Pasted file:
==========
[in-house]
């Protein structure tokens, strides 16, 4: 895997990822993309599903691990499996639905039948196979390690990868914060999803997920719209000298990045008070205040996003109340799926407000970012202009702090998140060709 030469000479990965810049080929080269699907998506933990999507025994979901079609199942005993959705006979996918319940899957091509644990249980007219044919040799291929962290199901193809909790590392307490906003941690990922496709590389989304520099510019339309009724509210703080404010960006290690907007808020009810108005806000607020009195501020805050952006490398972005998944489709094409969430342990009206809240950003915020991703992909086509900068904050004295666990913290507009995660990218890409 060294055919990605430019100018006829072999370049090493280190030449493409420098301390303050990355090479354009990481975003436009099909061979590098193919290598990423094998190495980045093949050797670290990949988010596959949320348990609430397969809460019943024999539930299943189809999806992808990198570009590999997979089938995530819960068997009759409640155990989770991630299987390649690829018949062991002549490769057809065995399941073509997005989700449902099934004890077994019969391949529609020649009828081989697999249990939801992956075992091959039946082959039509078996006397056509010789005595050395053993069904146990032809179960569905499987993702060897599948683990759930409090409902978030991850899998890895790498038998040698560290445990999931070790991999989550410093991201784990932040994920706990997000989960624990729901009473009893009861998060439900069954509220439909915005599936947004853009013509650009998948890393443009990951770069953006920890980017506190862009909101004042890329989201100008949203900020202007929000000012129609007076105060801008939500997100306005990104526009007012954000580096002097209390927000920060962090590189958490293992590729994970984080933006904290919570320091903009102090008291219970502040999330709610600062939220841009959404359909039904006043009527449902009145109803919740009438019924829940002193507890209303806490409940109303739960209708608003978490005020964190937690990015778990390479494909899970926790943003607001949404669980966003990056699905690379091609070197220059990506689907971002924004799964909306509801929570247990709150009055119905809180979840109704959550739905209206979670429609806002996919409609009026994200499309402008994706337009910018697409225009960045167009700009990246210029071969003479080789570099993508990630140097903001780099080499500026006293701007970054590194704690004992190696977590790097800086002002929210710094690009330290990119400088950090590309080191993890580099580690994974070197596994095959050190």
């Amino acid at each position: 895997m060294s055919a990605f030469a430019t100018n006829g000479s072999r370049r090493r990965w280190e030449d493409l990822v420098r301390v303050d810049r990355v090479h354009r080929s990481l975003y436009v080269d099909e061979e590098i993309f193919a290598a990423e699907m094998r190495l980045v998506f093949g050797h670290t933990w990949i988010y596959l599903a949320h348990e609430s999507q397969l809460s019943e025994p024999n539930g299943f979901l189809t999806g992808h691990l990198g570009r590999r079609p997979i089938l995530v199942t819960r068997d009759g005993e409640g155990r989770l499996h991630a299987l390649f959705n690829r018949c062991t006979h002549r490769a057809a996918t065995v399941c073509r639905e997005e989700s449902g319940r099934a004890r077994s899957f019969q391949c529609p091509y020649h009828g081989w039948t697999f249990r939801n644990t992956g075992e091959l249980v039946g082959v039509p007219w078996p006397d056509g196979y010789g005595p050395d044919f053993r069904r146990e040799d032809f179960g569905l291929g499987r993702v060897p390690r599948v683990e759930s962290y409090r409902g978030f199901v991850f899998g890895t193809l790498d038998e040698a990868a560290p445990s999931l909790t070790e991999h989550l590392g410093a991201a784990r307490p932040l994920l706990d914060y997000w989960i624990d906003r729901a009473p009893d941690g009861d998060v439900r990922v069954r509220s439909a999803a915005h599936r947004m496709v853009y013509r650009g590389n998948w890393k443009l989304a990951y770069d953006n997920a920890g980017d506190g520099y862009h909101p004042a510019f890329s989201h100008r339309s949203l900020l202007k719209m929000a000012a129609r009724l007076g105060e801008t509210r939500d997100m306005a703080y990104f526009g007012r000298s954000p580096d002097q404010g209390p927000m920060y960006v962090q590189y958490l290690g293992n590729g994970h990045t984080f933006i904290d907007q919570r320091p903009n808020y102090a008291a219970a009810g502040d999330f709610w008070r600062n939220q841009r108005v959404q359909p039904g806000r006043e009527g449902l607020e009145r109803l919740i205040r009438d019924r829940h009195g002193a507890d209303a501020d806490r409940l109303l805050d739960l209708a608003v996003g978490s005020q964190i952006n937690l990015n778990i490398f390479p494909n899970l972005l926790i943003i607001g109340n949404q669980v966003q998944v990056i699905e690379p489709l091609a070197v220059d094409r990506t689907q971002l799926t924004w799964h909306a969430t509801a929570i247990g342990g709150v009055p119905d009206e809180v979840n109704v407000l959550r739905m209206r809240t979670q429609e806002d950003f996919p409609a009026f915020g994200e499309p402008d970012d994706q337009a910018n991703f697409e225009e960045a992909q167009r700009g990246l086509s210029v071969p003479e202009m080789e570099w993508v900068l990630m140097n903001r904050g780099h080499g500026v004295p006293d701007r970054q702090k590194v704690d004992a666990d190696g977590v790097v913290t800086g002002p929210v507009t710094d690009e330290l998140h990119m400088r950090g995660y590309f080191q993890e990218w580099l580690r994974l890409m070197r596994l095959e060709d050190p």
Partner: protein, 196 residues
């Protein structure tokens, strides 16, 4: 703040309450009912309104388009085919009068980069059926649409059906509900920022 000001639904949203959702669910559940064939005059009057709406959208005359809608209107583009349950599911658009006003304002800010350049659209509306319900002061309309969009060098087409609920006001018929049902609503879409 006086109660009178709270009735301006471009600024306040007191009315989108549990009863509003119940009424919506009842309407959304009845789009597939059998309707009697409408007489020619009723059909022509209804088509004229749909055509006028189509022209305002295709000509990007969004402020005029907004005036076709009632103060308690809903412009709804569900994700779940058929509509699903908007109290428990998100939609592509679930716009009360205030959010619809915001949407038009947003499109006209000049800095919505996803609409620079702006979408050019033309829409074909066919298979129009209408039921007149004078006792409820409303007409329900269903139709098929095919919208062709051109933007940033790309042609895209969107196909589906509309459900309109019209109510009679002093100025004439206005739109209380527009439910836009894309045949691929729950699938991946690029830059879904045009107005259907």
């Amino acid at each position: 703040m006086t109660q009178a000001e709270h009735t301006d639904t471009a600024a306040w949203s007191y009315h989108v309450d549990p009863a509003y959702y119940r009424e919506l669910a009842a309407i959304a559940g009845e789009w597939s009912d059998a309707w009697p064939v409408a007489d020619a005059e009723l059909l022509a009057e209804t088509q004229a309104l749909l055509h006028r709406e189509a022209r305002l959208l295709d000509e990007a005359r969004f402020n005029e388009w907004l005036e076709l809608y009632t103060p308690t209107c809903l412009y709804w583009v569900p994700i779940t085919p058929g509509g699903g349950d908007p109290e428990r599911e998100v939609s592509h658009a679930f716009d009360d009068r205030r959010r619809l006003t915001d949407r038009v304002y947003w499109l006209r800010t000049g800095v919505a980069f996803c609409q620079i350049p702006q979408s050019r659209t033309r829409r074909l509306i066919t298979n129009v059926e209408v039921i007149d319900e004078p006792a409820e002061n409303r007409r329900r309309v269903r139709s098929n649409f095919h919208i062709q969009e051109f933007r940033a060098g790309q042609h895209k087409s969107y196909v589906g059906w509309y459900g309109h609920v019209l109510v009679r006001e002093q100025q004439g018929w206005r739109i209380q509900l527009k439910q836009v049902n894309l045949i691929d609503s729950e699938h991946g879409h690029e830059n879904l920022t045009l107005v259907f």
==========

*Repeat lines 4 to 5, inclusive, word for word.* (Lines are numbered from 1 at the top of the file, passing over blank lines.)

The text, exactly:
Partner: protein, 196 residues
């Protein structure tokens, strides 16, 4: 703040309450009912309104388009085919009068980069059926649409059906509900920022 000001639904949203959702669910559940064939005059009057709406959208005359809608209107583009349950599911658009006003304002800010350049659209509306319900002061309309969009060098087409609920006001018929049902609503879409 006086109660009178709270009735301006471009600024306040007191009315989108549990009863509003119940009424919506009842309407959304009845789009597939059998309707009697409408007489020619009723059909022509209804088509004229749909055509006028189509022209305002295709000509990007969004402020005029907004005036076709009632103060308690809903412009709804569900994700779940058929509509699903908007109290428990998100939609592509679930716009009360205030959010619809915001949407038009947003499109006209000049800095919505996803609409620079702006979408050019033309829409074909066919298979129009209408039921007149004078006792409820409303007409329900269903139709098929095919919208062709051109933007940033790309042609895209969107196909589906509309459900309109019209109510009679002093100025004439206005739109209380527009439910836009894309045949691929729950699938991946690029830059879904045009107005259907």